I will endeavor to list here all of the books I’ve read that I would recommend or that I wouldn’t call useless. (There will be a few exceptions to that rule. I sometimes read something [Walter Lippman for example] that I know will be negative. And sometimes I read something awful that I had no idea was going to be awful.) Mostly, This list will consist of books that I enjoyed and/or found informative. Sometimes I remember an author who I really enjoyed but I don’t remember the book or books. I’ll include such entries, but just give the authors’ names. That’s mainly a problem for fiction I used to read. And I don’t expect that I’ll be doing a lot of that.
As this progressed, I started adding in page numbers for my nuggets. It would be a daunting task to comb through all my earlier entries and do the same, so I won’t bother. I eventually developed the habit of scribbling in the margins and any white space available in books I read, and now also often staple a notepad to a page at the front or back of the book for note-taking. In other words, I’m an aggressive reader. That became gradually more organized. My earlier reads were neither aggressive nor of material where that mattered, so some of my entries here will be devoid of much in the way of nuggets. The organized scribblings are, to a great extent, my convenient source for nuggets or salient points.
This will be both a work in progress and dynamic, since I’ll be adding to the list continuously, which doesn’t mean that I won’t go through long spells where I neglect to add to the list. That’s life.
Obviously, I won’t be able to remember everything I’ve ever read. In my earlier days, I read science- and other types of fiction. I long ago quit that to just focus on learning. My reason at the time was that I didn’t enjoy all the foul language in fiction. If I’m going to put up with it, I felt, then it would be because I had to. And one can’t learn about the world without reading non fiction, which also tends to be less foul even if the people writing it are actually not. Around the same time as I gave up reading fiction, as I recall, I started to hunger for more knowledge of the world I lived in. It all worked out.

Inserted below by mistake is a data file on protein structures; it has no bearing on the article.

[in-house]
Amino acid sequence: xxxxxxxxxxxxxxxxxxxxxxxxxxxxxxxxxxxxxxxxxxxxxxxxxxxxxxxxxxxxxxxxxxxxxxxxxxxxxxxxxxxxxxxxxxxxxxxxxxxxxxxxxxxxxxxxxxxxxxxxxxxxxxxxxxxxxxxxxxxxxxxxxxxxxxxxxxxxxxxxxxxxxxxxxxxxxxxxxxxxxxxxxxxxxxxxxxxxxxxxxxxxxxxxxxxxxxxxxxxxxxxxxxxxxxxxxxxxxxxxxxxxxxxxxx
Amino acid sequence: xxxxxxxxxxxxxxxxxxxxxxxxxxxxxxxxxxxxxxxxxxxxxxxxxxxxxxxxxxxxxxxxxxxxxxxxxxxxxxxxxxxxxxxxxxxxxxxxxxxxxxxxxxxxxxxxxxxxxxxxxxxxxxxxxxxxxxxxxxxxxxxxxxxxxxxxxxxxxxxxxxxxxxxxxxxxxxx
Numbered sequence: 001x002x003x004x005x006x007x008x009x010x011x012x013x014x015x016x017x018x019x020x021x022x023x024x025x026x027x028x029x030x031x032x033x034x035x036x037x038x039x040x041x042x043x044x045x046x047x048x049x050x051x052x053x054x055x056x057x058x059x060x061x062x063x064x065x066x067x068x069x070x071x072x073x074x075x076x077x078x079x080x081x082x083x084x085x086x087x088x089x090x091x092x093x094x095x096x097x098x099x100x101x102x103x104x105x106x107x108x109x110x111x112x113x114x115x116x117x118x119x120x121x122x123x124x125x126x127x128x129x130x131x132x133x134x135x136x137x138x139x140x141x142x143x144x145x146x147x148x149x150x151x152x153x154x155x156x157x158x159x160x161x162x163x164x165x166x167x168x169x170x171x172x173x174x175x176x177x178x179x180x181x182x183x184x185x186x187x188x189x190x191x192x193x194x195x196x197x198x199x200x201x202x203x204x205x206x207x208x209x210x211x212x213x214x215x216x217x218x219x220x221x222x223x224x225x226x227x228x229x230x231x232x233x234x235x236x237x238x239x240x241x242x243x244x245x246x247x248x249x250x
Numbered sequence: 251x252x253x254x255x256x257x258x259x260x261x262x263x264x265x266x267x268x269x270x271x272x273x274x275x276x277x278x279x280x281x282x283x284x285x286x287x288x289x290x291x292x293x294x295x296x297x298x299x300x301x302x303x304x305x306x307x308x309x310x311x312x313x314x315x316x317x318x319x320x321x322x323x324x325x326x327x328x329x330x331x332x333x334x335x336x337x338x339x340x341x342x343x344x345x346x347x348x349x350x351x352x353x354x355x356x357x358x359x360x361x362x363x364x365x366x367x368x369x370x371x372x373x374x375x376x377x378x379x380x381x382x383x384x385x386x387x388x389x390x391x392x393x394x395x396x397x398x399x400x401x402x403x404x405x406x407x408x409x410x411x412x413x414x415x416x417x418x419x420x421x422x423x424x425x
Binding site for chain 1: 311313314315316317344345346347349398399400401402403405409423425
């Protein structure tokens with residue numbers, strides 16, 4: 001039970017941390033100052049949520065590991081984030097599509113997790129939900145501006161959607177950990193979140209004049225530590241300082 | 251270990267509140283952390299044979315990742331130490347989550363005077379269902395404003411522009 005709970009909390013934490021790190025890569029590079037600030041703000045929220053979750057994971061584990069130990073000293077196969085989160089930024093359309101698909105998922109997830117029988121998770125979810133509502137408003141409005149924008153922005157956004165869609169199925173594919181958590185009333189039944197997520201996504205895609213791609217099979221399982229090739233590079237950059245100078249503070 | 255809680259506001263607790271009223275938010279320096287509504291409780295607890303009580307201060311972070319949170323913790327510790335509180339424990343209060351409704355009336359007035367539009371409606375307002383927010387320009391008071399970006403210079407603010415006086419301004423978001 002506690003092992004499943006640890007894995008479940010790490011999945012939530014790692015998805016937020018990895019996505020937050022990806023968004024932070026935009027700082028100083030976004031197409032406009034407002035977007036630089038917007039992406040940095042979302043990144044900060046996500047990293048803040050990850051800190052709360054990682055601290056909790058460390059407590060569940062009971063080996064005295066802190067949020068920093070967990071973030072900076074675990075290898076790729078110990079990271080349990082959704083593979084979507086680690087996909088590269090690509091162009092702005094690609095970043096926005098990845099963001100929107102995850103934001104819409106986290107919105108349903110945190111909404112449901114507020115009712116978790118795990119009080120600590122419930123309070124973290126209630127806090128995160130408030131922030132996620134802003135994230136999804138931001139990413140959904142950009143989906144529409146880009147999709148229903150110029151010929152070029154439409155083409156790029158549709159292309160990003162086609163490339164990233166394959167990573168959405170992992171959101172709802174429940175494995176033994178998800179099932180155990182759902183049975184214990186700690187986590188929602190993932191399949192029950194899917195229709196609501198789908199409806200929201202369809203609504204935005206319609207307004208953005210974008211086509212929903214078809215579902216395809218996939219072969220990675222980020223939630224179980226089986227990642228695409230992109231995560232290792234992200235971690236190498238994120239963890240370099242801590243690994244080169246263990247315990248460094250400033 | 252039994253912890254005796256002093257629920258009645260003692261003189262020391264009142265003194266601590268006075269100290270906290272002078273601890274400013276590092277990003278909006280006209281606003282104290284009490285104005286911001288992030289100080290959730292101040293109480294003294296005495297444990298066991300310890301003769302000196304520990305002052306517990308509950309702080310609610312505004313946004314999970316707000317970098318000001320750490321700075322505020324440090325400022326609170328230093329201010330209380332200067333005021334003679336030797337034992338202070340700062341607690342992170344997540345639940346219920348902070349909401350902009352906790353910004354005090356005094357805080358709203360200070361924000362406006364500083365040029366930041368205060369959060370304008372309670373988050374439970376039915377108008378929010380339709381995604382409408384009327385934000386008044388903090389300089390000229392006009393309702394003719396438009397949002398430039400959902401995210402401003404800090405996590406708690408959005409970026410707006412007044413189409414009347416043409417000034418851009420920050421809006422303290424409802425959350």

I’m less prudish now. But that doesn’t mean that I like foul language. I hate it just as much as I always have. I’m just more immune to it.
list index / Right click on link and select ‘open link in new tab’.
Now for the list:
1. The Christian Bible
The translation that I read, after joining up with Jehovah’s Witnesses, was The New World Translation of the Holy Scriptures. I don’t think it’s perfect (and I don’t think the Bible’s perfect, from one standpoint), but it’s good. And anyone who reads the Christian Bible in anything other than modern English, out of a belief that old English is ‘correct’ and everything else is wrong, is an idiot.
2. “A Fall Of Moondust” by Arthur C. Clarke (science fiction)
An excerpt from Wikipedia follows:
By the 21st century, the Moon has been colonized, and although still very much a research establishment, it is visited by tourists who can afford the trip. One of its attractions is a cruise across one of the lunar seas, named the Sea of Thirst, (located within the Sinus Roris) filled with an extremely fine dust, a fine powder far drier than the contents of a terrestrial desert and which almost flows like water, instead of the common regolith which covers most of the lunar surface. A specially designed “boat” named the Selene skims over the surface of the dust in the same manner as a jetski.